Fruita 16-year-old Belshe wins national powerlifting crown

Fruita’s Max Belshe competed in the United States Powerlifting Association National Championships last month, winning the junior
 16-17, 165-pound division. Belshe lifted 413 pounds in both the squat and deadlift portions and 243 pounds in the bench press.

Max Belshe fell in love with the weight room a long time ago.

Well, a long time is only four years ago for the 16-year-old, who will be a sophomore at Fruita Monument High School.

“I started when I was 12 and around 14, I started competing,” he said.

Powerlifting is where he competes when he’s not on the football field or track and field arena, where he’s a sprinter and thrower.

In early July, Belshe became a powerlifting national champion.

Competing at the United States Powerlifting Association National Championships in Las Vegas, Belshe swept the event, winning the bench press, squat, deadlift and full power titles.

He competed in the junior 16-17 year-old, 165 pound division.

“It was amazing, because you see all these people and they’re lifting enormous amounts of weight,” he said. “It was crazy, a lot different from state meets.”

He was one of those lifting enormous amounts of weight — 413 pounds in both the squat and deadlift, and 243 pounds in the bench press for a total of 1,069 pounds.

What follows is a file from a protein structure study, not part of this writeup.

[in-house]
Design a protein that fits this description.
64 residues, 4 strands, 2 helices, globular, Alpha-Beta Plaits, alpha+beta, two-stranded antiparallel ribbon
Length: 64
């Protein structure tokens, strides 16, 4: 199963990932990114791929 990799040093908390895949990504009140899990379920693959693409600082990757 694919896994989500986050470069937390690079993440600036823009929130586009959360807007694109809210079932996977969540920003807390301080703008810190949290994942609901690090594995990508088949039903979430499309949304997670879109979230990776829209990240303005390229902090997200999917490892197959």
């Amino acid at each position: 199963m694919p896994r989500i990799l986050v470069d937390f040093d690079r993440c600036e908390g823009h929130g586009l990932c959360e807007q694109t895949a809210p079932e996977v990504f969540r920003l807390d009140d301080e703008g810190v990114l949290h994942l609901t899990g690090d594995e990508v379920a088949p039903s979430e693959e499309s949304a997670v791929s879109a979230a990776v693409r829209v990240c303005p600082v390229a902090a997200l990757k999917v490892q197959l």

Belshe has also won the Colorado powerlifting title in his division the past two years.

Training at 970 Muscle in Grand Junction, Belshe said he puts in about 16 hours a week in the gym over six days and another four hours on the track doing sprints and speed training.

As a running back and linebacker for the Wildcats, his weightlifting and training is also focused on making strides on the football field.

When he went into the national championships, he had one goal.

“I wanted to win, you don’t go into something like that hoping for second place,” he said.

Max’s dad, Jim, is his powerlifting coach, and the family has a long tradition of hard workers in the gym.

“Max’s grandpa was a competitive powerlifter, so I grew up around it, but I rely on a lot of great people to develop Max’s training,” Jim Belshe said.

Dad said it’s not difficult to get his son motivated about lifting.

“Max is a motivated kid and, if anything, it’s usually him dragging me to the gym,” Jim said. “I really enjoy the father-son time.”

With football on the immediate horizon, Max’s weightlifting and cross-training are all geared to the upcoming season.

“Obviously strength is never a weakness, so everything I do in the weight room translates onto the field,” he said.

Max is always mixing up his workouts and using different variations so he doesn’t hit a plateau for too long.

“Every week I’m trying to break a different (personal) record,” he said. “Each week we do different lifts, and different exercises are done for specific reasons.”

Weightlifting has long appealed to Max and it’s never a chore to get into the gym.

“I like that no matter what, it’s on me, I control how hard I work, I control the effort I put into it,” he said.

Up next in the powerlifting arena for Max is a trip to Moscow in December for the world championships.


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